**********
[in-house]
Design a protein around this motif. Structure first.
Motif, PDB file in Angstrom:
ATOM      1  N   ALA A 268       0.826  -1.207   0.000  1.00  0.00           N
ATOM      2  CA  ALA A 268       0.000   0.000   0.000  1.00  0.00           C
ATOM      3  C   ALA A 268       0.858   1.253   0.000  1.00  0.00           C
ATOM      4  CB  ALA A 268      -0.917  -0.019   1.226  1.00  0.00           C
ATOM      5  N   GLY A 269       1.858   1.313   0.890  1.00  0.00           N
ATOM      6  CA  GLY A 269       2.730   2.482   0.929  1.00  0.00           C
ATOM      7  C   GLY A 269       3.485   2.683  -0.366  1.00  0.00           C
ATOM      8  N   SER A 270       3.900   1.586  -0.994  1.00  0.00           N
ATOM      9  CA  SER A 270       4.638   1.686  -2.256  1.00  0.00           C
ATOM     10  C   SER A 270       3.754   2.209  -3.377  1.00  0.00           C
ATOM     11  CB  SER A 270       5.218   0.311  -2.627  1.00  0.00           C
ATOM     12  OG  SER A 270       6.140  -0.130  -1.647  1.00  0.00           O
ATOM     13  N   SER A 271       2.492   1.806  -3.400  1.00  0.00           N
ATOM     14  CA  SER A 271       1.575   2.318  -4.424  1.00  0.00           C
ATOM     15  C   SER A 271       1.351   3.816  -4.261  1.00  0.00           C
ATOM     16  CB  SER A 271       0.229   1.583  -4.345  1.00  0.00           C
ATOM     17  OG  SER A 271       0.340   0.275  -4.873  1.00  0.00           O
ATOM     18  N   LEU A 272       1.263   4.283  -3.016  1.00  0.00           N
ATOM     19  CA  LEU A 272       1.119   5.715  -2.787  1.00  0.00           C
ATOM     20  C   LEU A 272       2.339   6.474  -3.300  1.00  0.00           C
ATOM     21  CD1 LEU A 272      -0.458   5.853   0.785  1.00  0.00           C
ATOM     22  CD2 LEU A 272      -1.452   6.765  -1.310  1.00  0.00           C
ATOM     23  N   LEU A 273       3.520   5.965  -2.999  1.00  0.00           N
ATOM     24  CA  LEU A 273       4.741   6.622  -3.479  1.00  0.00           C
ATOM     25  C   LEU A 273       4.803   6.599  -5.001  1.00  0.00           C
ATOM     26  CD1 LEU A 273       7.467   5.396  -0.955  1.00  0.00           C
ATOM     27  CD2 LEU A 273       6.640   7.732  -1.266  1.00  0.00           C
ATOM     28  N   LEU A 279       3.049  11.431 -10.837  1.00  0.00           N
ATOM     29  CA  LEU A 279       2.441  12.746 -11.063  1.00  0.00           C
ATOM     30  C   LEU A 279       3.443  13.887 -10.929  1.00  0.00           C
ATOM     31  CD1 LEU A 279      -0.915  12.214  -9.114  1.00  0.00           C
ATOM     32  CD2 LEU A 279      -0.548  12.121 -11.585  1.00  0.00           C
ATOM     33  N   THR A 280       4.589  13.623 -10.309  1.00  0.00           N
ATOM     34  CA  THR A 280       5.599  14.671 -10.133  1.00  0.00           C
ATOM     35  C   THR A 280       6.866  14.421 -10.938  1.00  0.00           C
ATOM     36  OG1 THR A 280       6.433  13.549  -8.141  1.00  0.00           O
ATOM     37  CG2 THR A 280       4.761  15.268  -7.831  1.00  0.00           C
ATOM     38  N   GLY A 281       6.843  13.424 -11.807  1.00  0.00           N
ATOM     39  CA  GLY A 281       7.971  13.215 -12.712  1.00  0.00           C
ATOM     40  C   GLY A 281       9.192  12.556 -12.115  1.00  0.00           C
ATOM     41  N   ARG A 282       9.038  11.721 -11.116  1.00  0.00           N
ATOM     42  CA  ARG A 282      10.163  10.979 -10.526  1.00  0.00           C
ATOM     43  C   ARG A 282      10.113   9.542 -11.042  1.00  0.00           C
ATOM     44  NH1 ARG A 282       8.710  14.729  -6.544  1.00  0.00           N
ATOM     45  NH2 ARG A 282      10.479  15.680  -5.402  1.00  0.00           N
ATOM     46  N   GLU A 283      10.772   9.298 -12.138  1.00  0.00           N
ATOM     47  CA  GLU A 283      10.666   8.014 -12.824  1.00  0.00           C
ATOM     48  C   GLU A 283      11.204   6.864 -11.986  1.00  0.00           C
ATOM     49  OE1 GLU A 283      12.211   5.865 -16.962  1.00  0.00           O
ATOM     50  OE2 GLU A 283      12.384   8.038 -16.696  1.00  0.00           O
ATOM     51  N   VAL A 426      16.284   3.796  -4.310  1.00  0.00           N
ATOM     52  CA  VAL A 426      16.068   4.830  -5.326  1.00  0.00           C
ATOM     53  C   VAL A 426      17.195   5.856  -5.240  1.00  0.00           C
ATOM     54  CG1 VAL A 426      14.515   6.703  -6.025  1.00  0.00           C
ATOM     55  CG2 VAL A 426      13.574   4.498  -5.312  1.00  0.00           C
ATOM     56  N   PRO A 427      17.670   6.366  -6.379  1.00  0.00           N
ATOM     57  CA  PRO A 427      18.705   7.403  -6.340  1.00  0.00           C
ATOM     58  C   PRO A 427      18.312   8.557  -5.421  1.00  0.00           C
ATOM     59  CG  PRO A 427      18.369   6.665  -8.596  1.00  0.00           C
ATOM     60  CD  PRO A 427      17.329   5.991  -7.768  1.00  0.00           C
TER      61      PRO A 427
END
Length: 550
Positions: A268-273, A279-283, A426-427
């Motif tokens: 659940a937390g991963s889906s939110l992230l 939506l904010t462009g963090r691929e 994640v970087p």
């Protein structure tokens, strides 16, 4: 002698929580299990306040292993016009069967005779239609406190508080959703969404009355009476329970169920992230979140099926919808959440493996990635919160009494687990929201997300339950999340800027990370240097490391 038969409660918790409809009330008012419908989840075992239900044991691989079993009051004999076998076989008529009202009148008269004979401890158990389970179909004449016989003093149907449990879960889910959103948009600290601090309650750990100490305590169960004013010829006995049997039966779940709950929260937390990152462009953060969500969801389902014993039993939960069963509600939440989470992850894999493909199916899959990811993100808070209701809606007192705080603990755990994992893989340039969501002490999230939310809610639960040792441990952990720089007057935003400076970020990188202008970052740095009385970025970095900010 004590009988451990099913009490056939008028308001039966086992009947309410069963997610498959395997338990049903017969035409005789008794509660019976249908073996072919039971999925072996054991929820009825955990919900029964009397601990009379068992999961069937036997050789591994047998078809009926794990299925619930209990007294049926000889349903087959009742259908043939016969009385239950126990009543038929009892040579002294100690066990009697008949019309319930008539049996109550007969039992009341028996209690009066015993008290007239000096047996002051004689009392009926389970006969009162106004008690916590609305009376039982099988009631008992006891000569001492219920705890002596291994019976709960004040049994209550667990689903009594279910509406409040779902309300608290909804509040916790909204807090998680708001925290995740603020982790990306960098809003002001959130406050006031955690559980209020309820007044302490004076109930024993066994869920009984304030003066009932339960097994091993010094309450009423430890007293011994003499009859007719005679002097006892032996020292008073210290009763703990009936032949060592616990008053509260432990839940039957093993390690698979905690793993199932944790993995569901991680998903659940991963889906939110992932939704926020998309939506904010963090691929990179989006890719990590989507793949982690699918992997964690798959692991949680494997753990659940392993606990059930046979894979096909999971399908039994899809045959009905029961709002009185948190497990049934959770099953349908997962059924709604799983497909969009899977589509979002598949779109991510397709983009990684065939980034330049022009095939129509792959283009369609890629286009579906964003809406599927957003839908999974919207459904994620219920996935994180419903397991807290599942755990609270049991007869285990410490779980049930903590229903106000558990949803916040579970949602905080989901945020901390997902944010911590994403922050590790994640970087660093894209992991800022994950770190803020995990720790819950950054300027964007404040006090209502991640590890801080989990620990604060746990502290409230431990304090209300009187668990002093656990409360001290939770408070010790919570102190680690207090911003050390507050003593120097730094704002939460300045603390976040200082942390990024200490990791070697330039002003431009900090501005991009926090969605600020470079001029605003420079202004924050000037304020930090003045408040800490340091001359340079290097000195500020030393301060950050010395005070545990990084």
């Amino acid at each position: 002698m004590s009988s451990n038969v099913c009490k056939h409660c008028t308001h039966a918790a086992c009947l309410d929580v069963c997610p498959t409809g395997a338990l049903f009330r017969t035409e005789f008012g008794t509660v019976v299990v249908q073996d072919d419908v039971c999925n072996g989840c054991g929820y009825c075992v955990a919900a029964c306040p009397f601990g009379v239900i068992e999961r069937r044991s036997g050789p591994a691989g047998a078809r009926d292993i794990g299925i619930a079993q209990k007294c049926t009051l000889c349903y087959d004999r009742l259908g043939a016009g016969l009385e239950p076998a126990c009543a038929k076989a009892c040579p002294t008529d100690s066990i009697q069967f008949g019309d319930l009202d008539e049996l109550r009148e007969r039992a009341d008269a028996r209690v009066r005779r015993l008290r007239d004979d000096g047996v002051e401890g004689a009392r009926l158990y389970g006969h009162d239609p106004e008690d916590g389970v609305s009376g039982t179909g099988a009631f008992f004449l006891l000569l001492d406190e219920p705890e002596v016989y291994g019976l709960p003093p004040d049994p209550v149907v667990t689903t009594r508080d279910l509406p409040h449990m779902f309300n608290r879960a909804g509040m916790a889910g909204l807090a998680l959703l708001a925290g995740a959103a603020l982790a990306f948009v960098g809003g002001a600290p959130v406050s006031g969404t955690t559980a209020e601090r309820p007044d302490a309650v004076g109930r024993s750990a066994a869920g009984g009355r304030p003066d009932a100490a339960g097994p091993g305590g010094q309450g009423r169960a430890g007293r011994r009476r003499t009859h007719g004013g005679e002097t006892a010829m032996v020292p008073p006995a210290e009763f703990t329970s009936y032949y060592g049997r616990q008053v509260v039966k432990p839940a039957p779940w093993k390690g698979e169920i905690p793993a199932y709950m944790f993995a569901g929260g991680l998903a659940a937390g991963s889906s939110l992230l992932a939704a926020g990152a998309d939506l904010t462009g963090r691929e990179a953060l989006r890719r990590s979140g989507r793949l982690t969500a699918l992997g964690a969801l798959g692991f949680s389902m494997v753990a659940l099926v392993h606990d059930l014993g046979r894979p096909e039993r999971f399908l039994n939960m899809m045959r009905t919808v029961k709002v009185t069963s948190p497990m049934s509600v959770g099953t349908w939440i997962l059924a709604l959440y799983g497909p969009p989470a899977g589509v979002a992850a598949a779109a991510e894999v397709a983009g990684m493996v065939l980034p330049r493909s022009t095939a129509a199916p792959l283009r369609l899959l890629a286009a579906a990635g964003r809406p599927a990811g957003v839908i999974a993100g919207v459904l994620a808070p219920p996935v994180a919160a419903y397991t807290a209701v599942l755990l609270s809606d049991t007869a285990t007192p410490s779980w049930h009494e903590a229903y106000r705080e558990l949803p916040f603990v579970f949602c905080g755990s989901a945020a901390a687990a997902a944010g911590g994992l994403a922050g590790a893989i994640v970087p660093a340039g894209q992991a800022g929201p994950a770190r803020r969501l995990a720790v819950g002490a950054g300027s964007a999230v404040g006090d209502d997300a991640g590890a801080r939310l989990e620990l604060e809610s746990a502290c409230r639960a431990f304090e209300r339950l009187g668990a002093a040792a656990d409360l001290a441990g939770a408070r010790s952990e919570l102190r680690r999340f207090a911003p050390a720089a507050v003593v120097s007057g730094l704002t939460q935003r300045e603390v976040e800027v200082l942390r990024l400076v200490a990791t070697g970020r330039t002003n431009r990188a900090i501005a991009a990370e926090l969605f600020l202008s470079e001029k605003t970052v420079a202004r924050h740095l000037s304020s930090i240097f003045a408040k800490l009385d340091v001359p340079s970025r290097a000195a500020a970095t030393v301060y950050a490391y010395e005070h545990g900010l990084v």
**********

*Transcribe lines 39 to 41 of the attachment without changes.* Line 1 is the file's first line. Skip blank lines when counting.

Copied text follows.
ATOM     36  OG1 THR A 280       6.433  13.549  -8.141  1.00  0.00           O
ATOM     37  CG2 THR A 280       4.761  15.268  -7.831  1.00  0.00           C
ATOM     38  N   GLY A 281       6.843  13.424 -11.807  1.00  0.00           N